Video: The shooting of Terence Crutcher

It’s not clear what happened in the last few fateful moments but some facts are undisputed. Crutcher was unarmed, Tulsa’s police chief admitted yesterday, and had no weapon in his car. He had his hands up as he walked slowly away from the police and towards his SUV with an officer, Betty Shelby, trailing behind him. As he reached the driver-side door, Shelby and another officer stopped a few feet behind the SUV and trained their pistols on him. They were joined by two more cops. Then things took a turn: At some point in the next few moments, as Crutcher stood beside the door, the second officer tasered him and then Shelby fired one shot at him, killing him.

Why was Crutcher’s SUV in the middle of the road? The Times says Shelby responded to the scene after “after the police received reports of an abandoned vehicle blocking a road”:

In an interview, Officer Shelby’s lawyer, Scott Wood, said the officer had thought that Mr. Crutcher had a weapon. Mr. Wood said Mr. Crutcher had acted erratically, refused to comply with several orders, tried to put his hand in his pocket and reached inside his car window before he was shot.

Chief Jordan said Officer Shelby had encountered Mr. Crutcher and his vehicle while en route to another call and requested backup because she was “not having cooperation” from him. Officer Turnbough and his partner responded to Officer Shelby’s request for backup. It was the dashboard camera in their patrol car that recorded the shooting.

There are two recordings, one from a helicopter plus the dashboard cam video, both of which are featured in the clip below. Neither one is close enough, though, to give you a good idea of exactly what’s going on once Crutcher gets to the SUV, and the dashboard angle is obstructed by the group of cops gathered at the back of the vehicle. Did Crutcher reach through the window into the car — a police spokesman says he did — and did officers on the scene warn him specifically not to do that? If he’d been uncooperative to that point and “erratic,” the police may have thought he was on something (one of the cops in the chopper speculates about that during the clip) and worried that he was going for a gun. That would have been nuts with four cops ready to fire at him just feet away, but “erratic” people can do nutty things. Even so, Crutcher makes no sudden moves in the clip. His hands, as noted, are in the air. The cops had a nonlethal means of subduing him available, the taser, and they put it to use, raising the question of why Shelby felt obliged to shoot. Did the taser not bring him down? Even if it didn’t, with no hard evidence that Crutcher was armed, was Shelby obliged to at least catch a glimpse of a weapon before deciding to kill him, just in case?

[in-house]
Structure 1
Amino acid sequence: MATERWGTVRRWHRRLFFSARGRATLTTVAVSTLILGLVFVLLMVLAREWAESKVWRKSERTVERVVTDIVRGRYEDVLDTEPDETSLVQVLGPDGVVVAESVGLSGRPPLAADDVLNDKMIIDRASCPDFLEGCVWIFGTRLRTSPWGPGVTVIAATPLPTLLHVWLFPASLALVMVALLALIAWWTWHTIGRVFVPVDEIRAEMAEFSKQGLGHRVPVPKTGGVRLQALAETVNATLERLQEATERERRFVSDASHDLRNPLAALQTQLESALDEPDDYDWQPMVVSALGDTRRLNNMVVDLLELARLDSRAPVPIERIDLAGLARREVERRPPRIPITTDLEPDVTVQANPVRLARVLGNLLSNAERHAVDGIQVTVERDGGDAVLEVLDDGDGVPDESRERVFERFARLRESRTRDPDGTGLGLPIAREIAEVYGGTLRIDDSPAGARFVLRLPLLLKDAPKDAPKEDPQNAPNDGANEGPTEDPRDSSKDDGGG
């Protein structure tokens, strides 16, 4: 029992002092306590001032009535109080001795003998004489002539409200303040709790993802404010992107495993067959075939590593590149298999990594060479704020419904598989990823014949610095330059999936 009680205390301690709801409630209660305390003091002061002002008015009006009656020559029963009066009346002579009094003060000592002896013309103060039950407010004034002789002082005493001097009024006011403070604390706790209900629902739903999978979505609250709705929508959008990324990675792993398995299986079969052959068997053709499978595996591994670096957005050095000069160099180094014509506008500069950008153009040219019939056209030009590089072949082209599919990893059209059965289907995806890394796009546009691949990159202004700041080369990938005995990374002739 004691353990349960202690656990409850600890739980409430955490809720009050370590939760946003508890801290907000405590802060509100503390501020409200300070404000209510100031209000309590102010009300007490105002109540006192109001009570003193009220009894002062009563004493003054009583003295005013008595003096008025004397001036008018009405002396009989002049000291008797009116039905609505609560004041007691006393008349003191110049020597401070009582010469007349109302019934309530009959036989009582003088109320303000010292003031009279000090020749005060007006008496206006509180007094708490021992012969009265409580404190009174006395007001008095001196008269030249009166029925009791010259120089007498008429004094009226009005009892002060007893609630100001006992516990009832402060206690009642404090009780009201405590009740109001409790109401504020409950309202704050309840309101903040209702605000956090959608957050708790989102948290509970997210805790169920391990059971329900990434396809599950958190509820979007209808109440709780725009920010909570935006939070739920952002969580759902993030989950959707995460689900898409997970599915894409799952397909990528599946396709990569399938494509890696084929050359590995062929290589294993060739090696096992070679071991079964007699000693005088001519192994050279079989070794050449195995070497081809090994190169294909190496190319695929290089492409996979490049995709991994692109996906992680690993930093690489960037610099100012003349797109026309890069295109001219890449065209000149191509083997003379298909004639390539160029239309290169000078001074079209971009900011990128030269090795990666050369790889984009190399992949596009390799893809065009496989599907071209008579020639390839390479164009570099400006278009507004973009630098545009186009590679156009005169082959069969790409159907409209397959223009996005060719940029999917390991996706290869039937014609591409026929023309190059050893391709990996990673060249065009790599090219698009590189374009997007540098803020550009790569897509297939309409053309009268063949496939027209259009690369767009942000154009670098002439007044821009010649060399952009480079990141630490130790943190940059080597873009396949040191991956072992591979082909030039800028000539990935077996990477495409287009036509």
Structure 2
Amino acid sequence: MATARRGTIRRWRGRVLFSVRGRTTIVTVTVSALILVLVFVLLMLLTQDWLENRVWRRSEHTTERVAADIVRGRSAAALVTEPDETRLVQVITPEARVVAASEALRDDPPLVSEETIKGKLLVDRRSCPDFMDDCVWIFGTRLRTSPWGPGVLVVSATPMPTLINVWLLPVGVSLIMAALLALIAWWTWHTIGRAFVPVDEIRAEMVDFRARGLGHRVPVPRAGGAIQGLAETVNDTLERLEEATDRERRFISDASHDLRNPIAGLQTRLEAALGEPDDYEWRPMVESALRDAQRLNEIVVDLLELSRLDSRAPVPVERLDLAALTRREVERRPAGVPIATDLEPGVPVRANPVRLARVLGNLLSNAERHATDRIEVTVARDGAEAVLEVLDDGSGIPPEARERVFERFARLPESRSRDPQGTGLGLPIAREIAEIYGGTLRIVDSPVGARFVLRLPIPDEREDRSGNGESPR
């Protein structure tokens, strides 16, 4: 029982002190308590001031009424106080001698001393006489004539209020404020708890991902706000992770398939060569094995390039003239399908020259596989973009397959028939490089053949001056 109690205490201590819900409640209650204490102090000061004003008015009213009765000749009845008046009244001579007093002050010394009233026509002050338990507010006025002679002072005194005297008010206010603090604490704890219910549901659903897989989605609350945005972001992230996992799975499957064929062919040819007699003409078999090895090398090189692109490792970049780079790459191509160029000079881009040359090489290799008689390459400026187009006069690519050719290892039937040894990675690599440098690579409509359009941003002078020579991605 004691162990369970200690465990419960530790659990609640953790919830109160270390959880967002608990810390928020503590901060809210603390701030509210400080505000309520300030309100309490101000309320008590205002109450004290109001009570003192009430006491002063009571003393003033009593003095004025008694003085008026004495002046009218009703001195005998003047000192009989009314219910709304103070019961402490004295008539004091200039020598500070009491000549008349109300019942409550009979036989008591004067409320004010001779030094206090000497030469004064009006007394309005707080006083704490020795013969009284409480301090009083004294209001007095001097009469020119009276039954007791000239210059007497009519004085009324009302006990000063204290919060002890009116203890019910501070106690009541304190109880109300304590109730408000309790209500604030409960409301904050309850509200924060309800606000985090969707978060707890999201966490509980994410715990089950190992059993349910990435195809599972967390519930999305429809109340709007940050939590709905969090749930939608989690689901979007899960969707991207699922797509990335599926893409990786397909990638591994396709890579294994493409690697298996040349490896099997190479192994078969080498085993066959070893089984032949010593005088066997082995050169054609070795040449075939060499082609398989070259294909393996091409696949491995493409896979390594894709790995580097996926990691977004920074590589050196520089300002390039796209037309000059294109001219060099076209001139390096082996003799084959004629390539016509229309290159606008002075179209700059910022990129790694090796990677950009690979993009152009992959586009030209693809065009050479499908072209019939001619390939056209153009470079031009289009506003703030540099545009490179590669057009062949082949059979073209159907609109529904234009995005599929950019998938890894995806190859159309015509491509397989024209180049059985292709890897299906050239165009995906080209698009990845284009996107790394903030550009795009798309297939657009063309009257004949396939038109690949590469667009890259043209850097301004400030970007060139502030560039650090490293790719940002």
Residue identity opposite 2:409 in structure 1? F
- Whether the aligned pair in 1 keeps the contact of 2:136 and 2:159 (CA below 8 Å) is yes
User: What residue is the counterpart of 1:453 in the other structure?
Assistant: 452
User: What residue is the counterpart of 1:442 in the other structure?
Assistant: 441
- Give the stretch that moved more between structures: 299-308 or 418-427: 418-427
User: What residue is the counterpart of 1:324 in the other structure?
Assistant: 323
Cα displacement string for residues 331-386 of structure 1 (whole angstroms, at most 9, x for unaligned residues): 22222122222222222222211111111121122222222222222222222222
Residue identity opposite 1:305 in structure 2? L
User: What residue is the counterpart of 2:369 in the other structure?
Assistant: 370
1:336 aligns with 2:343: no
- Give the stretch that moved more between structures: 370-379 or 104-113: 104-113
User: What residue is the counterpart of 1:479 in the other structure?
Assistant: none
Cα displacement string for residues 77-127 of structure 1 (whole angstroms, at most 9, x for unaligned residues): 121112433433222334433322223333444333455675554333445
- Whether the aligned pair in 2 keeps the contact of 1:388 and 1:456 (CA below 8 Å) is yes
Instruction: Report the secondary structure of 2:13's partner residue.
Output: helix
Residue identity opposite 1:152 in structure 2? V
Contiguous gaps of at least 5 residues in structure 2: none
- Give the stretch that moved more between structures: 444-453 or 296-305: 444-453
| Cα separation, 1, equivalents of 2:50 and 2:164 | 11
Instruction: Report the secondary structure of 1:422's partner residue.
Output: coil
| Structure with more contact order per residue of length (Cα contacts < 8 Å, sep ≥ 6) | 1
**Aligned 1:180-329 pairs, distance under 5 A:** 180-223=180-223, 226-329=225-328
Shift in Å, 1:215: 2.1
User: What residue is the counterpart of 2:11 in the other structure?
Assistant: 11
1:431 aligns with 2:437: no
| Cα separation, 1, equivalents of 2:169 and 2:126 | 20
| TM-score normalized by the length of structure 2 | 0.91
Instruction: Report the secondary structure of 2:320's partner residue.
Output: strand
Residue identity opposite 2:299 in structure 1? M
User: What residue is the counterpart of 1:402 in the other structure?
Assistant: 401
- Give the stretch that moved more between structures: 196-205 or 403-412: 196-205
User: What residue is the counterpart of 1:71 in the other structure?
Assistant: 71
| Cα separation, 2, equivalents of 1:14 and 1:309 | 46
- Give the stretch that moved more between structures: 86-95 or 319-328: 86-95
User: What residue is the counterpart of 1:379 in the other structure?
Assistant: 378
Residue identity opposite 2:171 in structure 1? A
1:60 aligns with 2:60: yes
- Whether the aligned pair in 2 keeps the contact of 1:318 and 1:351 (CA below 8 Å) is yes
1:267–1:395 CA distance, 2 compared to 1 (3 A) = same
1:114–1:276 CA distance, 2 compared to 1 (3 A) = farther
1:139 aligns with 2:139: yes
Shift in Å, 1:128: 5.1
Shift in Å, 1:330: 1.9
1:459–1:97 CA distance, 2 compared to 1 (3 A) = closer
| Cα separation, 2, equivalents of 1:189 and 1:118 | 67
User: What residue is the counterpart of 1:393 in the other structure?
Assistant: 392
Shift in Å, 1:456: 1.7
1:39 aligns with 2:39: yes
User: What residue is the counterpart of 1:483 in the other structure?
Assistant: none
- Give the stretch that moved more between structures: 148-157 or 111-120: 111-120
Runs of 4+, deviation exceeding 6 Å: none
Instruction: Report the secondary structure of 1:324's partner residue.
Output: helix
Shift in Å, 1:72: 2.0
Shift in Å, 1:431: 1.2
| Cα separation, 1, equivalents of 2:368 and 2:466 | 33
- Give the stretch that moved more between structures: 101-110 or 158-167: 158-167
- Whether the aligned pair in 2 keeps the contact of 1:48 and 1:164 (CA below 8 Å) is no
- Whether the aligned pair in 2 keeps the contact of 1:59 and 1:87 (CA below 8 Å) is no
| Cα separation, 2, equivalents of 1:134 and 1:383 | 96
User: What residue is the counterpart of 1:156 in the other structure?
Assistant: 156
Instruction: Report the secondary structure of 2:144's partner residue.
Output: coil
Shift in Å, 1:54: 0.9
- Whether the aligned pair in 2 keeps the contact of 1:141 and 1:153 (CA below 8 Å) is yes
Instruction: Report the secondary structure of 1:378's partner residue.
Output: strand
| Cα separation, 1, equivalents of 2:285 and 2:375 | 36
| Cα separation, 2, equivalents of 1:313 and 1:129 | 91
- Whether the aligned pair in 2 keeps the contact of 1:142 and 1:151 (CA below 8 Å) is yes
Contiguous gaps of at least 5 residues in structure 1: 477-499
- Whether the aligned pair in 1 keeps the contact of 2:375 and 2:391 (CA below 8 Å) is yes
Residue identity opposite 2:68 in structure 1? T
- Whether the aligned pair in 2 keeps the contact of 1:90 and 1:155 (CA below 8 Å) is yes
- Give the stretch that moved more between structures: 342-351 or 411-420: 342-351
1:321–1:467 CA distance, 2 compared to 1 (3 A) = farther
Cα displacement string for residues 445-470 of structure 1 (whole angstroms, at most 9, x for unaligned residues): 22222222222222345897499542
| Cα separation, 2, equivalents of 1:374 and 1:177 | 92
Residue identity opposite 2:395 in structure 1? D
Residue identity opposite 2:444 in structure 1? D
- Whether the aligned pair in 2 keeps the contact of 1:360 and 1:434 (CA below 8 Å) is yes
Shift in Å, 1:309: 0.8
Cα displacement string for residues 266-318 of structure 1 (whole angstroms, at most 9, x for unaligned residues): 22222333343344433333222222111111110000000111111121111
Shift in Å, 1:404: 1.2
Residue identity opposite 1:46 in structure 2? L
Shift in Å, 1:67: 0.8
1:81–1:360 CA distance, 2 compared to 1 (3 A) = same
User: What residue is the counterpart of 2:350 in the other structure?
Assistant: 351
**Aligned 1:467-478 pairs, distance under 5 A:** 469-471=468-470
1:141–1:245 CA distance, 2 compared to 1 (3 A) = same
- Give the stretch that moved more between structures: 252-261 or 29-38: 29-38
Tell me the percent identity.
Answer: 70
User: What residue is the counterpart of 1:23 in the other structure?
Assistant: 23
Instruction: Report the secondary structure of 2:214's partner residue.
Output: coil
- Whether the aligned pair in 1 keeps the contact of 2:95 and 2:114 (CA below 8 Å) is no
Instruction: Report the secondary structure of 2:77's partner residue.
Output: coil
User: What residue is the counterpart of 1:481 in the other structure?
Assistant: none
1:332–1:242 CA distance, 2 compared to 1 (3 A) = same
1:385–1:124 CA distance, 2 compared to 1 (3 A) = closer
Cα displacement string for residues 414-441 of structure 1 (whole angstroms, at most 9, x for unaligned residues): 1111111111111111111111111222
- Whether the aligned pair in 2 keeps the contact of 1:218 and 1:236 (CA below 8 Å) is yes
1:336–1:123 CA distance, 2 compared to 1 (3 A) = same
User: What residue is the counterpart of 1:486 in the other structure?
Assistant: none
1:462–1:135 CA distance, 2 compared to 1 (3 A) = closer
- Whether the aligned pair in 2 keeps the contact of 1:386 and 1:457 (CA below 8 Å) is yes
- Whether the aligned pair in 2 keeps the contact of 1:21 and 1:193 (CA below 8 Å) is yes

The audio of what the cops said to Crutcher and what he said back may end up being more valuable than the video at trial, assuming that that audio exists. The DOJ has already opened an investigation into the shooting. Crutcher is survived by four kids.

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